Raising the National Tobacco Age to 21 Would Save Lives, Reduce Health Costs

By Shauna Rust |

Last week, the city of Chicago joined Cleveland, Boston, Hawaii, New York City, Kansas City, and more than 100 U.S. localities in a public health feat—raising the tobacco age to 21. Chicago has taken a stand against Big Tobacco with this legislation, and the creation of a tobacco-free generation is now within reach.

Since the 1964 Surgeon General’s report revealed the health hazards of smoking, awareness of the deadly toll of tobacco use has become widespread. Yet more than 480,000 Americans still die each year due to illnesses caused by tobacco use. A groundbreaking study by the Institute of Medicine found that raising the smoking age to 21 could prevent hundreds of thousands of premature deaths. Given that tobacco use remains the leading cause of preventable death in the U.S., we need to raise the national tobacco age to 21 in order to save lives and reduce healthcare costs.

The main impetus for raising the tobacco age is the fact that most adult smokers, 95 percent, begin smoking before the age of 21. Research has found that almost 9 out of 10 current smokers first tried smoking before the age of 18, but that the age range of 18–21 is a critical transition period when young people are most likely to become daily smokers. In fact, only 46 percent of adult smokers become regular smokers before the age of 18, while 80 percent become regular smokers before the age of 21, according to results from the 2013 National Survey on Drug Use and Health. Therefore, delaying the age of initiation with tobacco products by increasing the legal minimum age could have a profound effect on smoking rates.

In addition, it is also important to delay or prevent tobacco use among youth due to the addictive effects of nicotine, which has been found to adversely affect brain development and be particularly harmful to young people. The United States Institute of Medicine (IOM) concluded that raising the minimum age for the sale of tobacco products to 21 could reduce the number of young people who start smoking and save lives. The IOM report found that increasing the national tobacco age to 21 could reduce the smoking rate by 12 percent and reduce smoking-related deaths by 10 percent. With this higher tobacco age, there would be 223,000 fewer premature deaths and 4.2 million fewer years of life lost.

Raising the tobacco age to 21 would also help prevent youth from obtaining tobacco products from peers or older students. As the Campaign for Tobacco-Free Kids points out, most youth are obtaining their cigarettes and tobacco products from social sources rather than direct retailer purchases. In fact, 82 percent of adolescent smokers obtain their cigarettes from others, mostly friends or peers. By raising the national tobacco age to 21, many of these social sources could be cut off, since high school–aged youth are less likely to go to school with, work with, or be friends with people over the age of 21. Similarly, when U.S. states raised the drinking age from 18 to 21 in the 1980s, youth alcohol usage, binge drinking, and alcohol-related car crashes decreased, according to a report from the National Highway Traffic Safety Administration. Raising the tobacco age could make acquiring tobacco products more difficult for underage youth and delay or prevent smoking and tobacco use.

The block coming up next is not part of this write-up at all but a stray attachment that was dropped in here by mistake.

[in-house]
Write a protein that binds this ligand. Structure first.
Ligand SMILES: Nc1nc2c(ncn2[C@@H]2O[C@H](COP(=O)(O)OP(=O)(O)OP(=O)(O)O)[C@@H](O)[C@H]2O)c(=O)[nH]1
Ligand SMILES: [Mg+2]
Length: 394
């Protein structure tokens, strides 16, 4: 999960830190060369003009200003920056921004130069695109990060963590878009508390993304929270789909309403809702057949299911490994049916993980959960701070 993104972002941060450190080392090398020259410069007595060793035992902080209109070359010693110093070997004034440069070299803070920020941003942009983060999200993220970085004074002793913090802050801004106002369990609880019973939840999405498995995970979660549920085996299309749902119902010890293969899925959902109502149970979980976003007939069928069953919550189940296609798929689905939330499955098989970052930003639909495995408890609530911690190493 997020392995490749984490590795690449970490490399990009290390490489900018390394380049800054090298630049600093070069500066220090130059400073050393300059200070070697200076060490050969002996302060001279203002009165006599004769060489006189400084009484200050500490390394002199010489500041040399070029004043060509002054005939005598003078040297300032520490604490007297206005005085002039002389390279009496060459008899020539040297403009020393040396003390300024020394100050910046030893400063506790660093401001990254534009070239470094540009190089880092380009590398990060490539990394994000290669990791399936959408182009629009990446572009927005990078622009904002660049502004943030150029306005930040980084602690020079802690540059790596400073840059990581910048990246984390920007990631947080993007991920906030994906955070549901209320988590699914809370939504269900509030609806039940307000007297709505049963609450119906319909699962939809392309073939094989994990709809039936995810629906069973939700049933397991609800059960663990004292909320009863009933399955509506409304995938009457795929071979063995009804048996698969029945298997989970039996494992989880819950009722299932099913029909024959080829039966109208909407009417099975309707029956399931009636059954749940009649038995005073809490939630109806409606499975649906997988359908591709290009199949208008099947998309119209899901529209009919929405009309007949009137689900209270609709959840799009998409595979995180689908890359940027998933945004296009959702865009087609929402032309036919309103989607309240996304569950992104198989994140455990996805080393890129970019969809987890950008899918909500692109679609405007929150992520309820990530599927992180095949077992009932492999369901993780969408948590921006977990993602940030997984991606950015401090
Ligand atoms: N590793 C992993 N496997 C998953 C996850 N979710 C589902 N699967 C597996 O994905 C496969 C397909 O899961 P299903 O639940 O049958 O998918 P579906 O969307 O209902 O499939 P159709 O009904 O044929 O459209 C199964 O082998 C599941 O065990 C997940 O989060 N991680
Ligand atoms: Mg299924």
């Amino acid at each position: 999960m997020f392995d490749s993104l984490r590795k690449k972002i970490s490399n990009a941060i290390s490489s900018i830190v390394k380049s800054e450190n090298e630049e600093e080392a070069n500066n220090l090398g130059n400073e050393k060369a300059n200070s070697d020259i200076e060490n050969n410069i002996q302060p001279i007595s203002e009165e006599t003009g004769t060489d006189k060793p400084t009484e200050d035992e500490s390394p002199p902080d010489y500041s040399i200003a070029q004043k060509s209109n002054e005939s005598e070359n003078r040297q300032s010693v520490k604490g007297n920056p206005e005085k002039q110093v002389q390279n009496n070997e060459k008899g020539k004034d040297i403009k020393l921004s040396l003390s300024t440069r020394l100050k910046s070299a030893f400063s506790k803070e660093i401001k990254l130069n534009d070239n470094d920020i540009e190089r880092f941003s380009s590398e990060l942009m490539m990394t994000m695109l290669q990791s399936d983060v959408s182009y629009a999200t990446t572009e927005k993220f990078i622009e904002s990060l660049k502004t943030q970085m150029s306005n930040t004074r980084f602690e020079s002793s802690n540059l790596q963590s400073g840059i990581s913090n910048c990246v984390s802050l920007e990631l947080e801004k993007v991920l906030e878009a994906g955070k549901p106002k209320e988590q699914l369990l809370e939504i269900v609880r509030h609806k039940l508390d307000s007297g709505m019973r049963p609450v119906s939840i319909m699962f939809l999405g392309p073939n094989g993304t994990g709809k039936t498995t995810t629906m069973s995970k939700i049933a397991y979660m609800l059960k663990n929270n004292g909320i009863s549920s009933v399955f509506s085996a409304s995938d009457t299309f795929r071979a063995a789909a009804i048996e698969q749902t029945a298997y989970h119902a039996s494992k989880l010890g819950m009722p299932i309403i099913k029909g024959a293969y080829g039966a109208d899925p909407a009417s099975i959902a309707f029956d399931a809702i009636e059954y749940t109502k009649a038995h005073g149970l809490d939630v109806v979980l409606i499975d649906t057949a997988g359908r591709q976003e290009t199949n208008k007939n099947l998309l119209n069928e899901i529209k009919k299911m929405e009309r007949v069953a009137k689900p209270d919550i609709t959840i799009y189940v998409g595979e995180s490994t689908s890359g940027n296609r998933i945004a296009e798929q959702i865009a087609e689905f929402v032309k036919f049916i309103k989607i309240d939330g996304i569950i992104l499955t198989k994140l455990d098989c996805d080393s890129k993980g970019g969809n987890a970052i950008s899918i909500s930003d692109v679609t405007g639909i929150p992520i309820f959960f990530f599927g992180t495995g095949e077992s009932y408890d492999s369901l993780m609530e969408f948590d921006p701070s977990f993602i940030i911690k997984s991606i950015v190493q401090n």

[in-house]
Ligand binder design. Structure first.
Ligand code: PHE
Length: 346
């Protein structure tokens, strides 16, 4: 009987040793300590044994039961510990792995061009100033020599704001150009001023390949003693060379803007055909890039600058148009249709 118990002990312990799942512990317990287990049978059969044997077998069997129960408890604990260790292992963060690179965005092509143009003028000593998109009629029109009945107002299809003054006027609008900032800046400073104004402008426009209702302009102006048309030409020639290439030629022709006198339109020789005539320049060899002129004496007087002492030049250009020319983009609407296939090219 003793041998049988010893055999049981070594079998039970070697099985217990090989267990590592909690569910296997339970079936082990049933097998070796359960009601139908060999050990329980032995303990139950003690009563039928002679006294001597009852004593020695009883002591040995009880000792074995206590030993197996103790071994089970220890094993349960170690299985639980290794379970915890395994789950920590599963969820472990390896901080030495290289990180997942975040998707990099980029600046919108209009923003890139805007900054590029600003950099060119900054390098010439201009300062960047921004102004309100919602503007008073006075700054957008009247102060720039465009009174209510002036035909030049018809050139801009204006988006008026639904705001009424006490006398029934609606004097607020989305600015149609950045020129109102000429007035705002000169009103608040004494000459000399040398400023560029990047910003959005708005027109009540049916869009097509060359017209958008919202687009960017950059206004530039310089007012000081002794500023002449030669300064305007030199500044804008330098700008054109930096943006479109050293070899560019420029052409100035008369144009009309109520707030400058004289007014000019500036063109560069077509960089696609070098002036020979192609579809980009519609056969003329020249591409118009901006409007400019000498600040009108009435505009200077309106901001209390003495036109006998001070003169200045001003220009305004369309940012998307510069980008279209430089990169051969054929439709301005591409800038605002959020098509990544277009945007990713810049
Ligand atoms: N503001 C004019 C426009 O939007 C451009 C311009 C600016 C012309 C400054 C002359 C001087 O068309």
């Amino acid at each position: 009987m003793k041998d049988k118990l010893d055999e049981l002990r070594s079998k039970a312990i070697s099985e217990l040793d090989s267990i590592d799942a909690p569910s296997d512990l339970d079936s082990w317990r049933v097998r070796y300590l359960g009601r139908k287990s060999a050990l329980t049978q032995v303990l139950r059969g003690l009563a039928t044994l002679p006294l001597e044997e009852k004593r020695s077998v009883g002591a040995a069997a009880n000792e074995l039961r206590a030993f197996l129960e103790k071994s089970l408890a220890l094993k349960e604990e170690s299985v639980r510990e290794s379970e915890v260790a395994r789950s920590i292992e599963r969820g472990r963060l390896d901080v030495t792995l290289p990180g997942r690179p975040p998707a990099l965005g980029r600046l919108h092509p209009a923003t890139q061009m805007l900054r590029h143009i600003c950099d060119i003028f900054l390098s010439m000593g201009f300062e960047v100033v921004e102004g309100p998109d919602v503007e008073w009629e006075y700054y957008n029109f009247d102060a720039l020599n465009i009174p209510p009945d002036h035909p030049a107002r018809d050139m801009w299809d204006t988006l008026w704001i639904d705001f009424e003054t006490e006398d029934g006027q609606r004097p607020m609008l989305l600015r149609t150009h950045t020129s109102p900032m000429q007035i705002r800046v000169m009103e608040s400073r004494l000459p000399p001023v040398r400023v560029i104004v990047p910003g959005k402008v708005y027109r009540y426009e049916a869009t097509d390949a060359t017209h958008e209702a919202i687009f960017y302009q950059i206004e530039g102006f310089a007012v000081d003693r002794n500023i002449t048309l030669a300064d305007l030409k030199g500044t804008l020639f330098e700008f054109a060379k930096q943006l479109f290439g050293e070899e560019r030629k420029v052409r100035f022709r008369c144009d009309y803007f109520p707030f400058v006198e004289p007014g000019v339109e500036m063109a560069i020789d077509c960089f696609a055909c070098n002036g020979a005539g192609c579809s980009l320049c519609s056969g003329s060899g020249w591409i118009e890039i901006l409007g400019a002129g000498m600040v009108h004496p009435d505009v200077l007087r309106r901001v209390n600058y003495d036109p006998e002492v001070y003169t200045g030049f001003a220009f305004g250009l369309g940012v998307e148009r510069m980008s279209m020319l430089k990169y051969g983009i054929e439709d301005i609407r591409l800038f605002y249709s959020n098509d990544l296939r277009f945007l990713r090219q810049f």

Lastly, there is broad public support for raising the national tobacco age to 21, given the well-known health risks of smoking and its addictive properties. A study by the CDC found that 75 percent of adults are in favor of raising the tobacco age to 21, including 70 percent of current smokers and 65 percent of people ages 18–24.

Policymakers should raise the national tobacco age to 21 given this widespread public support as well as the economic imperatives for reducing tobacco use. Currently, tobacco use costs the U.S. $170 billion in annual health care expenditures, and the direct and indirect losses to the American economy due to tobacco use total $330 billion annually. Lastly, given that tobacco will kill 5.6 million American children alive today, we have a moral imperative to do more to protect future generations from the deadly impact of tobacco. Following the example of Chicago and hundreds of U.S. localities, Congress should raise the national tobacco age to 21 in order to save lives, reduce health care costs, and reduce the likelihood of tobacco use for generations to come.

Shauna Rust is a senior at UNC Chapel Hill and is Roosevelt's Emerging Fellow in Health Care.